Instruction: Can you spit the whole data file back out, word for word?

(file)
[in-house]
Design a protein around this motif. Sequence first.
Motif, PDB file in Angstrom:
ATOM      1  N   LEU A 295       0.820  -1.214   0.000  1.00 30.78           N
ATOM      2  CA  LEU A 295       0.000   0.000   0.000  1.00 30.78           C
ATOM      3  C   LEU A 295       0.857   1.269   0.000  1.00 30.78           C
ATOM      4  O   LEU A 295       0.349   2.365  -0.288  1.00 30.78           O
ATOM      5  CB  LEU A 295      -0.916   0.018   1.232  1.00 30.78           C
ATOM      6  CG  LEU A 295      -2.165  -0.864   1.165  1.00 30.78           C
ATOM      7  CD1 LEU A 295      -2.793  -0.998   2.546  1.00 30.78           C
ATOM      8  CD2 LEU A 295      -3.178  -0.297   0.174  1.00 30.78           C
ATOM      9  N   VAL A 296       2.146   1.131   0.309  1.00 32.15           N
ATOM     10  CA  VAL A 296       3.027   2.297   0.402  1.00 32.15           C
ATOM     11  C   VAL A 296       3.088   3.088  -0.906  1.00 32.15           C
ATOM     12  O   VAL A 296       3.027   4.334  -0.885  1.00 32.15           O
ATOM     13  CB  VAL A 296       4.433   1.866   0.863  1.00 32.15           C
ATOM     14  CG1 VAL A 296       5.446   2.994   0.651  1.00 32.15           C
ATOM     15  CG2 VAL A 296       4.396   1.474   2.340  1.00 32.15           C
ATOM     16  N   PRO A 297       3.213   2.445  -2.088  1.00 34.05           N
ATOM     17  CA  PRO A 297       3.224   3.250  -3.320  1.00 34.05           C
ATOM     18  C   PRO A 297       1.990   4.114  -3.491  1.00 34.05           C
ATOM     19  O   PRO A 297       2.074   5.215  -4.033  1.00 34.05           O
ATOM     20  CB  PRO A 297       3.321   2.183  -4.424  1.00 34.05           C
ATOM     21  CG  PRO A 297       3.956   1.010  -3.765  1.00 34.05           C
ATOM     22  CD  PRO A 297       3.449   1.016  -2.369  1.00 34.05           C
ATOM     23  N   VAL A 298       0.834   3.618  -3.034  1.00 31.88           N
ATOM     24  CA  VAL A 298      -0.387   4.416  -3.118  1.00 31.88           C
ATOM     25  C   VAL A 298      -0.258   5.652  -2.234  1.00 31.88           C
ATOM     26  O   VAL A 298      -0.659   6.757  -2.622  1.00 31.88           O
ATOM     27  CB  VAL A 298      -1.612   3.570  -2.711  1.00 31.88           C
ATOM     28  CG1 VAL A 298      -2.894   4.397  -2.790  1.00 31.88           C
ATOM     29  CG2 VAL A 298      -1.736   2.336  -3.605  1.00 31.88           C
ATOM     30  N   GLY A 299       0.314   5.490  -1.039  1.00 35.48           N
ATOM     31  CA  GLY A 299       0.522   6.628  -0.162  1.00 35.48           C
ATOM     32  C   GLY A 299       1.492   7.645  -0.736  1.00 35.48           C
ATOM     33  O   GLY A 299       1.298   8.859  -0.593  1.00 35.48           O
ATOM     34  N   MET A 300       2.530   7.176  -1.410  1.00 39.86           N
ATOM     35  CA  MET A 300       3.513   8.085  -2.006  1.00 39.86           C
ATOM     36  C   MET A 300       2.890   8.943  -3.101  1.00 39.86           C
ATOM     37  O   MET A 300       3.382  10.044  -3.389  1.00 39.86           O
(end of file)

[in-house]
Design a protein around this motif. Sequence first.
Motif, PDB file in Angstrom:
ATOM      1  N   LEU A 295       0.820  -1.214   0.000  1.00 30.78           N
ATOM      2  CA  LEU A 295       0.000   0.000   0.000  1.00 30.78           C
ATOM      3  C   LEU A 295       0.857   1.269   0.000  1.00 30.78           C
ATOM      4  O   LEU A 295       0.349   2.365  -0.288  1.00 30.78           O
ATOM      5  CB  LEU A 295      -0.916   0.018   1.232  1.00 30.78           C
ATOM      6  CG  LEU A 295      -2.165  -0.864   1.165  1.00 30.78           C
ATOM      7  CD1 LEU A 295      -2.793  -0.998   2.546  1.00 30.78           C
ATOM      8  CD2 LEU A 295      -3.178  -0.297   0.174  1.00 30.78           C
ATOM      9  N   VAL A 296       2.146   1.131   0.309  1.00 32.15           N
ATOM     10  CA  VAL A 296       3.027   2.297   0.402  1.00 32.15           C
ATOM     11  C   VAL A 296       3.088   3.088  -0.906  1.00 32.15           C
ATOM     12  O   VAL A 296       3.027   4.334  -0.885  1.00 32.15           O
ATOM     13  CB  VAL A 296       4.433   1.866   0.863  1.00 32.15           C
ATOM     14  CG1 VAL A 296       5.446   2.994   0.651  1.00 32.15           C
ATOM     15  CG2 VAL A 296       4.396   1.474   2.340  1.00 32.15           C
ATOM     16  N   PRO A 297       3.213   2.445  -2.088  1.00 34.05           N
ATOM     17  CA  PRO A 297       3.224   3.250  -3.320  1.00 34.05           C
ATOM     18  C   PRO A 297       1.990   4.114  -3.491  1.00 34.05           C
ATOM     19  O   PRO A 297       2.074   5.215  -4.033  1.00 34.05           O
ATOM     20  CB  PRO A 297       3.321   2.183  -4.424  1.00 34.05           C
ATOM     21  CG  PRO A 297       3.956   1.010  -3.765  1.00 34.05           C
ATOM     22  CD  PRO A 297       3.449   1.016  -2.369  1.00 34.05           C
ATOM     23  N   VAL A 298       0.834   3.618  -3.034  1.00 31.88           N
ATOM     24  CA  VAL A 298      -0.387   4.416  -3.118  1.00 31.88           C
ATOM     25  C   VAL A 298      -0.258   5.652  -2.234  1.00 31.88           C
ATOM     26  O   VAL A 298      -0.659   6.757  -2.622  1.00 31.88           O
ATOM     27  CB  VAL A 298      -1.612   3.570  -2.711  1.00 31.88           C
ATOM     28  CG1 VAL A 298      -2.894   4.397  -2.790  1.00 31.88           C
ATOM     29  CG2 VAL A 298      -1.736   2.336  -3.605  1.00 31.88           C
ATOM     30  N   GLY A 299       0.314   5.490  -1.039  1.00 35.48           N
ATOM     31  CA  GLY A 299       0.522   6.628  -0.162  1.00 35.48           C
ATOM     32  C   GLY A 299       1.492   7.645  -0.736  1.00 35.48           C
ATOM     33  O   GLY A 299       1.298   8.859  -0.593  1.00 35.48           O
ATOM     34  N   MET A 300       2.530   7.176  -1.410  1.00 39.86           N
ATOM     35  CA  MET A 300       3.513   8.085  -2.006  1.00 39.86           C
ATOM     36  C   MET A 300       2.890   8.943  -3.101  1.00 39.86           C
ATOM     37  O   MET A 300       3.382  10.044  -3.389  1.00 39.86           O